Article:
State Route 5, 6 and 7 in Idaho
State Route 5 in Idaho
State Route 5 or SH-5 is a state route in the U.S. state of Idaho. The road forms an east-west route in the north of the state, between Plummer and St Maries. The road is 31 kilometers long.
- EHUACOM: Provides city overview of capital of Idaho, including general information about the state Idaho.
SH-5 along Chatcolet Lake.
State Route 5 links US 95 in Plummer and State Route 3 in St Maries. The road leads through a mountainous area with peaks up to 1,100 meters, but also along Chatcolet Lake, part of the larger Lake Coeur d’Alene.
- existingcountries: state overview of Idaho, including geography, history and major cities.
Little is known about the history of State Route 5. The road has some regional significance as it is the first link south of the large Lake Coeur d’Alene.
2,000 to 3,000 vehicles use State Route 5 daily.
State Route 6 in Idaho
State Route 6, also known as SH-6 is a state route in the U.S. state of Idaho. The road forms an east-west route in the north of the state, from the Washington state border at Potlatch to Santa. SH-6 is 65 kilometers long.
SH-6 on the Washington border.
SH-6 begins at the Washington State border, where State Route 272 joins Washington from Palouse. The road leads east through a sloping area of meadows, then west of the village of Potlatch a short double number with US 95. The village of Potlatch is also the largest town on the route. To the east the terrain becomes more mountainous and becomes densely forested. The road leads over a low and not too difficult mountain pass of 1,100 meters altitude. West of the village of Santa, SH-6 ends at SH-3.
Little is known about the history of SH-6. The road is of little importance for through traffic, but it is one of the few east-west routes in this area.
Every day, 800 vehicles drive on the border with Washington and 3,300 vehicles on the double numbering with US 95. After that, 1,700 vehicles drive to Harvard and 600 vehicles further to Santa.
State Route 7 in Idaho
State Route 7 or SH-7 is a state route in the U.S. state of Idaho. The road forms a rather curious route around Orofino and is 27 kilometers long.
State Route 7 begins as a continuation of the Russell Ridge Road on a plateau at 900 meters, but then descends into the deep valley of the Clearwater River at 300 meters. This is on a winding gravel road to US 12 in Orofino. The road has a short double numbering with US 12 and crosses the Clearwater River in the town of Orofino. The road then continues along the north bank to the village of Ahsahka, located at the foot of the huge 219 meter high Dworshak Dam.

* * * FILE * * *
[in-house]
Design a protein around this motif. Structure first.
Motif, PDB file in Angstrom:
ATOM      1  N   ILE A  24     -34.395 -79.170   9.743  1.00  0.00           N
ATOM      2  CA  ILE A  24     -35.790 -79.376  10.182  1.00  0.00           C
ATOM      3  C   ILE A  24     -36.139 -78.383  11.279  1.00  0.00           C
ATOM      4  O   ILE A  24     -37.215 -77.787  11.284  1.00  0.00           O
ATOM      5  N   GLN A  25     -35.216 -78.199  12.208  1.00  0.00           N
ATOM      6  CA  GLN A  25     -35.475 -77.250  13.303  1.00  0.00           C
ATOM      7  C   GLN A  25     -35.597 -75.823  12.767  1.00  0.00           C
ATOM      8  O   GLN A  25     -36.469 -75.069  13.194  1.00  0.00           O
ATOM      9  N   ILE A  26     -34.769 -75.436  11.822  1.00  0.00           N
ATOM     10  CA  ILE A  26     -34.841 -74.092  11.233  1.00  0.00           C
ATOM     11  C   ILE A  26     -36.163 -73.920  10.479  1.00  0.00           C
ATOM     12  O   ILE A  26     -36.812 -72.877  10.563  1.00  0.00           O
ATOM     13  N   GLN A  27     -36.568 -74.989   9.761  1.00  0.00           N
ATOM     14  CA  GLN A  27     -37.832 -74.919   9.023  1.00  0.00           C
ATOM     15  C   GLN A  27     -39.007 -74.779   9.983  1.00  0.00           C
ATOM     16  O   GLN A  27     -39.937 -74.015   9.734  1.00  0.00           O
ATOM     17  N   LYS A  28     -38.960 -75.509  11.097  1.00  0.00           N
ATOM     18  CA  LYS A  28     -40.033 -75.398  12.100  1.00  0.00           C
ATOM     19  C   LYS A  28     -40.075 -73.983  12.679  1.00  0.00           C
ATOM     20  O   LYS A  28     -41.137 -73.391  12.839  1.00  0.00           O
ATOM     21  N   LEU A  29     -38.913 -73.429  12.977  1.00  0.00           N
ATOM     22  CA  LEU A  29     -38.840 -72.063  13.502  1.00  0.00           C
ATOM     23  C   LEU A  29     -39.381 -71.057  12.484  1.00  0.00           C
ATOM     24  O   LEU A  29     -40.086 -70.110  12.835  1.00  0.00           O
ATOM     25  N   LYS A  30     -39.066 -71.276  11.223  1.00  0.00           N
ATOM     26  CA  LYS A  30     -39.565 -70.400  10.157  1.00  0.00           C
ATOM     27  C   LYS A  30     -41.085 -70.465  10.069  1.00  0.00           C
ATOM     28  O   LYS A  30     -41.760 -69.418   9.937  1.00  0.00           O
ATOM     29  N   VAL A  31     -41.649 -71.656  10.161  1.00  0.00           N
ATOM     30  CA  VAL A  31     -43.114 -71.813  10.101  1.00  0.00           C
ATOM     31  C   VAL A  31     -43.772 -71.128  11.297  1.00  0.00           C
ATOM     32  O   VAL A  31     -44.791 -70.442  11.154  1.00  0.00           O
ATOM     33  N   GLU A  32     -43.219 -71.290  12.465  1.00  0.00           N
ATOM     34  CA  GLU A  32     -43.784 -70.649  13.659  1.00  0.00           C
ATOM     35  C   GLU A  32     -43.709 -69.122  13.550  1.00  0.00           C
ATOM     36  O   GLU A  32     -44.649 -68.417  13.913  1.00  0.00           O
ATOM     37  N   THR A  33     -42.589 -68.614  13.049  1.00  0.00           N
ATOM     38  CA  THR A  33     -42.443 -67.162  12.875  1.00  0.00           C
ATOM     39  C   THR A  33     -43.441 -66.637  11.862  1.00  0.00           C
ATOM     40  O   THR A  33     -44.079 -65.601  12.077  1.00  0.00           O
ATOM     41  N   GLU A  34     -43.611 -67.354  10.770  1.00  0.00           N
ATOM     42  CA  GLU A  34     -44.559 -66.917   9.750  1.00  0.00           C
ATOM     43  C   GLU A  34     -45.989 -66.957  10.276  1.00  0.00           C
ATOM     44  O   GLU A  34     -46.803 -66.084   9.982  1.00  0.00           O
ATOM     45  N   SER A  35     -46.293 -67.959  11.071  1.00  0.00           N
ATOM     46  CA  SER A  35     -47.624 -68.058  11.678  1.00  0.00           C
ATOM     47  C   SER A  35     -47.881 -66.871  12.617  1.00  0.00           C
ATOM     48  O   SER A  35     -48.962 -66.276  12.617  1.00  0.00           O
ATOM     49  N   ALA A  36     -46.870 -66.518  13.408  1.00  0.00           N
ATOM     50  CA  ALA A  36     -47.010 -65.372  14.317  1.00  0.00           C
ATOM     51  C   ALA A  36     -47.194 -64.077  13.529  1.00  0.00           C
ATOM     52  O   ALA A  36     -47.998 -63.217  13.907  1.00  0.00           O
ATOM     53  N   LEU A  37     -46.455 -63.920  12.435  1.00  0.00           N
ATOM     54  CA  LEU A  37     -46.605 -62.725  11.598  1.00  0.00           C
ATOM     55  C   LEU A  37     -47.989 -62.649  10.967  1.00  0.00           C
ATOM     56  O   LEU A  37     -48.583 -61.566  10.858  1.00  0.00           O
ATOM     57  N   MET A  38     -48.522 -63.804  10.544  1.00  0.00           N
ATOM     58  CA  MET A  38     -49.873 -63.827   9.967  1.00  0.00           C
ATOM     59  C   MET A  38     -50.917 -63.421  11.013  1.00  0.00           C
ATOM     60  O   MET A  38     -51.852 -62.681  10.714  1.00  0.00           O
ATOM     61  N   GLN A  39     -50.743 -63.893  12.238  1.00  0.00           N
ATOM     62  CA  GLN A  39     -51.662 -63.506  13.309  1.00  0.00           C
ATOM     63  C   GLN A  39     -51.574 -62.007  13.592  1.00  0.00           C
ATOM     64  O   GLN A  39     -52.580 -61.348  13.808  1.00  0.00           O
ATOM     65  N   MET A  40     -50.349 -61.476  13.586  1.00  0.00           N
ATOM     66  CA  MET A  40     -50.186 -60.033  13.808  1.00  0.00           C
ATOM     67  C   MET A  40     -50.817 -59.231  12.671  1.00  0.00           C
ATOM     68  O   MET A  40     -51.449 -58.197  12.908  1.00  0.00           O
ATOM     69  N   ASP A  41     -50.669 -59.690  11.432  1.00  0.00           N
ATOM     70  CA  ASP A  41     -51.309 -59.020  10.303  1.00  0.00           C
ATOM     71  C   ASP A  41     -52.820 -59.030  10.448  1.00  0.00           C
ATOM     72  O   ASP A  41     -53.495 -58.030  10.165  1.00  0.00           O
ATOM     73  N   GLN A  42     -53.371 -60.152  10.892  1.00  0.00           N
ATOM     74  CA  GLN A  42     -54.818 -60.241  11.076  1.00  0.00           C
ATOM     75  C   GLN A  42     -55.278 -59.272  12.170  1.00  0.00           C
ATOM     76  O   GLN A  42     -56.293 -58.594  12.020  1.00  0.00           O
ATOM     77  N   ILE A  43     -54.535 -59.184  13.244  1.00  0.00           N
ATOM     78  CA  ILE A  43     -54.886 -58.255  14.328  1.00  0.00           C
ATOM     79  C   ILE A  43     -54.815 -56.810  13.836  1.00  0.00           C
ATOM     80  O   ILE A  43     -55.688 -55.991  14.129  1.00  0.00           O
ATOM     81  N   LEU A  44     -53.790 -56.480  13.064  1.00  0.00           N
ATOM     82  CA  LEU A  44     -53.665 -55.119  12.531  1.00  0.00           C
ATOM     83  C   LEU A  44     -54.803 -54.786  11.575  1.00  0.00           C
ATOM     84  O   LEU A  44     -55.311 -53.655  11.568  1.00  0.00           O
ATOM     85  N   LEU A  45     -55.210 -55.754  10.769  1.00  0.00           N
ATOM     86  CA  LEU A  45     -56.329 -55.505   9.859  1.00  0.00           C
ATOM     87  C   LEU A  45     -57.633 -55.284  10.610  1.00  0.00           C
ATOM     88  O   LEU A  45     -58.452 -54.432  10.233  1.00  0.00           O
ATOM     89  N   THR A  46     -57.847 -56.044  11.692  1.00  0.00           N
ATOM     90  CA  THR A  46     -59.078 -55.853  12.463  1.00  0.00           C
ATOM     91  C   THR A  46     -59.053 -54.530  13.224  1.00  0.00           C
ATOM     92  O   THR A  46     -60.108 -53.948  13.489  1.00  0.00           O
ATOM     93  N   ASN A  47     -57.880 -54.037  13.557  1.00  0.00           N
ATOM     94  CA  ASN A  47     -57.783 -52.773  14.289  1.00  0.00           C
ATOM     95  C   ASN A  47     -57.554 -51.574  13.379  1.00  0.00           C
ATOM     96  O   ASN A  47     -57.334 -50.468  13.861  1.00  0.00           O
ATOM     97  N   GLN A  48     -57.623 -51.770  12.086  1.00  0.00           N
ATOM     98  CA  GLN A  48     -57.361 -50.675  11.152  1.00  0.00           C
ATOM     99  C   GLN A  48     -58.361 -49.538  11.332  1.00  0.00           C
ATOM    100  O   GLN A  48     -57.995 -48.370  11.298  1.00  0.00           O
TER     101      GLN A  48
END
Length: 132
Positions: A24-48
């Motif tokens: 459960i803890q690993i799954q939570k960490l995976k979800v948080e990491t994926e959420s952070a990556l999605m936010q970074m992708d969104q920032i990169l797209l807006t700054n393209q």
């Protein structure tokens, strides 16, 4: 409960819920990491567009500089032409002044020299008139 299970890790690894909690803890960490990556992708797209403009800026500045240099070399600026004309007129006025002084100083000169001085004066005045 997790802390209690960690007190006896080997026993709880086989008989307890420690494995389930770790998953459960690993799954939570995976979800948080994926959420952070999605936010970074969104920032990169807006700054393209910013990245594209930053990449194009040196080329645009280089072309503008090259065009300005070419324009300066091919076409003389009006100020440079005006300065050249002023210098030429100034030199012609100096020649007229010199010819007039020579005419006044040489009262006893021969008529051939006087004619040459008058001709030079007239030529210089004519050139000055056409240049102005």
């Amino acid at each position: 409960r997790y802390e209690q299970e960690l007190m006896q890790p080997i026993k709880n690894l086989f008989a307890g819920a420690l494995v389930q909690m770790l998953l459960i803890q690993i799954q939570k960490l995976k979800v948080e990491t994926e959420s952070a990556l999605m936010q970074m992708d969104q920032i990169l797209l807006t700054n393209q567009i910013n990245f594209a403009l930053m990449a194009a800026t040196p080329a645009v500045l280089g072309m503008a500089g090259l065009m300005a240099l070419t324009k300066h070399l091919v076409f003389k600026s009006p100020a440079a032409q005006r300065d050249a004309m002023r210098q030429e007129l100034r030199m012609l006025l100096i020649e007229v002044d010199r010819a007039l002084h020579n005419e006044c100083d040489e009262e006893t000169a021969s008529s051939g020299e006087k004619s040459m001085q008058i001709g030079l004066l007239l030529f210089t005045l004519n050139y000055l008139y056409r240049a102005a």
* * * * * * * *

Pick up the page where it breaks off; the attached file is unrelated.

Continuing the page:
In the past, the route was planned as a longer route to Grangeville, passing over the highlands rather than through the Clearwater River valley. Only the portion north of county line north of Lewis County is still under Idaho control. It is unclear why this road has the status of a state highway, given the very limited importance of the route and low development standard. The part south of Orofino is partly unpaved.
Every day 100 to 150 vehicles drive south of Orofino and 1,600 vehicles between Orofino and Ahsahka.
State Route 8 in Idaho
State Route 8 or SH-8 is a state route in the U.S. state of Idaho. The road forms an east-west route in the west of the state, from the Washington state border through Moscow to Elk River. State Route 8 is 86 kilometers long.
State Route 8 begins at the Washington State border, where State Route 270 enters Washington from Pullman. The road then leads through the town of Moscow, known for its university. This region is known as the Palouse, a sloping grassland. To the east, however, the landscape becomes more forested and mountainous. State Route 8 has a double numbering with State Route 3 between Deary and Bovill. The road continues to the remote village of Elk River, from where one can only proceed via forest service roads.
The western part has traditionally been the most important, connecting the nearby towns of Pullman, Washington and Moscow, Idaho. Moscow also has a university. The rest of the route has a somewhat more secondary importance for local access.
17,000 vehicles drive daily on the border with Washington, dropping to just 4,000 vehicles east of Moscow and 1,000 to 1,500 vehicles between Troy and Deary. The route from Bovill to Elk River is limited to 600 vehicles per day.